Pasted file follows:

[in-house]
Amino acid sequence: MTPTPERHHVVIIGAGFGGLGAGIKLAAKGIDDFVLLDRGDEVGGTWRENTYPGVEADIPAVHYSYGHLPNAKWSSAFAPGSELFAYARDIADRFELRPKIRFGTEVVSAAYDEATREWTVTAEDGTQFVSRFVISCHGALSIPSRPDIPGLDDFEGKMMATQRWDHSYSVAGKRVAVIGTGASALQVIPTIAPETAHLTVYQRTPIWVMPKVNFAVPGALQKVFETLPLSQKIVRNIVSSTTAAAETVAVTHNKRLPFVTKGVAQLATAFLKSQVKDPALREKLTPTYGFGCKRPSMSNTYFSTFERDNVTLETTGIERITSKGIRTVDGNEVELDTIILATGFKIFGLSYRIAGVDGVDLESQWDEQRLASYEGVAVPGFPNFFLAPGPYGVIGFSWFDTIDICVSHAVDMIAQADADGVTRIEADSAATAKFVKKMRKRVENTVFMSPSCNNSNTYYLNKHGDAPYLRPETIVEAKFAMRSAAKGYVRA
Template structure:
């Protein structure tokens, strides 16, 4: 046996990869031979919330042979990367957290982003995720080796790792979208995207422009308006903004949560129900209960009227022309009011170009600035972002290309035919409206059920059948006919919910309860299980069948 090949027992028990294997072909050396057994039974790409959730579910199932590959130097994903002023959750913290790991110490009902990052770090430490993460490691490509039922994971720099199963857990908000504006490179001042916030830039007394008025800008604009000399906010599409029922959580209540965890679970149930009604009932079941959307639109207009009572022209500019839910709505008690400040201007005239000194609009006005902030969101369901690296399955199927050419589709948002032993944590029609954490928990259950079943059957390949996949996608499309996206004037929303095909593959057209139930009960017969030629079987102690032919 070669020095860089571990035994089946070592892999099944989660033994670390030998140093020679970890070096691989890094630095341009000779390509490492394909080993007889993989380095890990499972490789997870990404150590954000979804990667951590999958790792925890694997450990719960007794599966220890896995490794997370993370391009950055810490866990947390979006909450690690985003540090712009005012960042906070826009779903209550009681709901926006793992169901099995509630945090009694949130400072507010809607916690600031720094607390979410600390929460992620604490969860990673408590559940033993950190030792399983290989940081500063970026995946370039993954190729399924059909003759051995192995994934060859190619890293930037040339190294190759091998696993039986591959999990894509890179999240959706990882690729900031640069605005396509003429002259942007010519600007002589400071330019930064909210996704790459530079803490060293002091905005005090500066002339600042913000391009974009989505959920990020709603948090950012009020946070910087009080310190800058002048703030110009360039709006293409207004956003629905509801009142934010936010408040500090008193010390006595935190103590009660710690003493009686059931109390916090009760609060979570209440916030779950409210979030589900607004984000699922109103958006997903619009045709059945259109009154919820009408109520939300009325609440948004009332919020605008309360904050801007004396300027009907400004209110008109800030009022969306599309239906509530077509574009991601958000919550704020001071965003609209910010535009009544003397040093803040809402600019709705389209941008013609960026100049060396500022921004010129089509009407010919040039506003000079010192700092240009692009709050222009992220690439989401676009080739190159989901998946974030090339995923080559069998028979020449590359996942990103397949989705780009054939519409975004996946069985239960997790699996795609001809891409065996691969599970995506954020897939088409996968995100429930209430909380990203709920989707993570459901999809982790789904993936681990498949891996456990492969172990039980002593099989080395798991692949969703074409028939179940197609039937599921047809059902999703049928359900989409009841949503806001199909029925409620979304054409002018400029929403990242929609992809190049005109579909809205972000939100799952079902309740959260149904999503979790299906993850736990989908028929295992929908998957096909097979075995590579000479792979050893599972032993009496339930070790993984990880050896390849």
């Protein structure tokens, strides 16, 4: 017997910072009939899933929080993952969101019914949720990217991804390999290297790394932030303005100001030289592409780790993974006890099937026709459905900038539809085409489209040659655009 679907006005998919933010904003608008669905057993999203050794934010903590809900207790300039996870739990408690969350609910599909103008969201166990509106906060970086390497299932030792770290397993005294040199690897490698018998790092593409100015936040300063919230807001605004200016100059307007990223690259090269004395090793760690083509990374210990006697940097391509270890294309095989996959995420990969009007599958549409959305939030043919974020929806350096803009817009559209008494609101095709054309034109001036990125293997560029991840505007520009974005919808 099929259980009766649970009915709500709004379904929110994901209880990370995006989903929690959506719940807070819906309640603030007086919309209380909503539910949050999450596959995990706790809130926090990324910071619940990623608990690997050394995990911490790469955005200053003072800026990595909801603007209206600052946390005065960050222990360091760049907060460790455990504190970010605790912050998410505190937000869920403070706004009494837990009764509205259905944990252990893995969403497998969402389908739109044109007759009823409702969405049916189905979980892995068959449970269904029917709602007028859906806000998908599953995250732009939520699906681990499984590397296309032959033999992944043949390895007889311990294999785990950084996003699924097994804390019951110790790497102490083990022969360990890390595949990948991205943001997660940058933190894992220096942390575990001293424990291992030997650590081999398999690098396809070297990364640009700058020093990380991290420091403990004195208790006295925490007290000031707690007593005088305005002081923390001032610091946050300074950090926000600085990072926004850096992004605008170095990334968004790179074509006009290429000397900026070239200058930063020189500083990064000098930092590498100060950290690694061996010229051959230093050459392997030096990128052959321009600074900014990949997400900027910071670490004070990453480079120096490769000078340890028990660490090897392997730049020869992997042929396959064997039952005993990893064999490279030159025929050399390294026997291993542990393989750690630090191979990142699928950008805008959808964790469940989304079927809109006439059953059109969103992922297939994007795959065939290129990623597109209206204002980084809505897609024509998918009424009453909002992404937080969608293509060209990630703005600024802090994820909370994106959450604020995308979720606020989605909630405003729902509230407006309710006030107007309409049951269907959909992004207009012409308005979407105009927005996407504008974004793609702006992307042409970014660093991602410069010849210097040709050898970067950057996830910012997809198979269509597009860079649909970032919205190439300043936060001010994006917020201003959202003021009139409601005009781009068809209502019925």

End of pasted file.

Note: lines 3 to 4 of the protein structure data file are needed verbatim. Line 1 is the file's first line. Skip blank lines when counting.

Template structure:
């Protein structure tokens, strides 16, 4: 046996990869031979919330042979990367957290982003995720080796790792979208995207422009308006903004949560129900209960009227022309009011170009600035972002290309035919409206059920059948006919919910309860299980069948 090949027992028990294997072909050396057994039974790409959730579910199932590959130097994903002023959750913290790991110490009902990052770090430490993460490691490509039922994971720099199963857990908000504006490179001042916030830039007394008025800008604009000399906010599409029922959580209540965890679970149930009604009932079941959307639109207009009572022209500019839910709505008690400040201007005239000194609009006005902030969101369901690296399955199927050419589709948002032993944590029609954490928990259950079943059957390949996949996608499309996206004037929303095909593959057209139930009960017969030629079987102690032919 070669020095860089571990035994089946070592892999099944989660033994670390030998140093020679970890070096691989890094630095341009000779390509490492394909080993007889993989380095890990499972490789997870990404150590954000979804990667951590999958790792925890694997450990719960007794599966220890896995490794997370993370391009950055810490866990947390979006909450690690985003540090712009005012960042906070826009779903209550009681709901926006793992169901099995509630945090009694949130400072507010809607916690600031720094607390979410600390929460992620604490969860990673408590559940033993950190030792399983290989940081500063970026995946370039993954190729399924059909003759051995192995994934060859190619890293930037040339190294190759091998696993039986591959999990894509890179999240959706990882690729900031640069605005396509003429002259942007010519600007002589400071330019930064909210996704790459530079803490060293002091905005005090500066002339600042913000391009974009989505959920990020709603948090950012009020946070910087009080310190800058002048703030110009360039709006293409207004956003629905509801009142934010936010408040500090008193010390006595935190103590009660710690003493009686059931109390916090009760609060979570209440916030779950409210979030589900607004984000699922109103958006997903619009045709059945259109009154919820009408109520939300009325609440948004009332919020605008309360904050801007004396300027009907400004209110008109800030009022969306599309239906509530077509574009991601958000919550704020001071965003609209910010535009009544003397040093803040809402600019709705389209941008013609960026100049060396500022921004010129089509009407010919040039506003000079010192700092240009692009709050222009992220690439989401676009080739190159989901998946974030090339995923080559069998028979020449590359996942990103397949989705780009054939519409975004996946069985239960997790699996795609001809891409065996691969599970995506954020897939088409996968995100429930209430909380990203709920989707993570459901999809982790789904993936681990498949891996456990492969172990039980002593099989080395798991692949969703074409028939179940197609039937599921047809059902999703049928359900989409009841949503806001199909029925409620979304054409002018400029929403990242929609992809190049005109579909809205972000939100799952079902309740959260149904999503979790299906993850736990989908028929295992929908998957096909097979075995590579000479792979050893599972032993009496339930070790993984990880050896390849």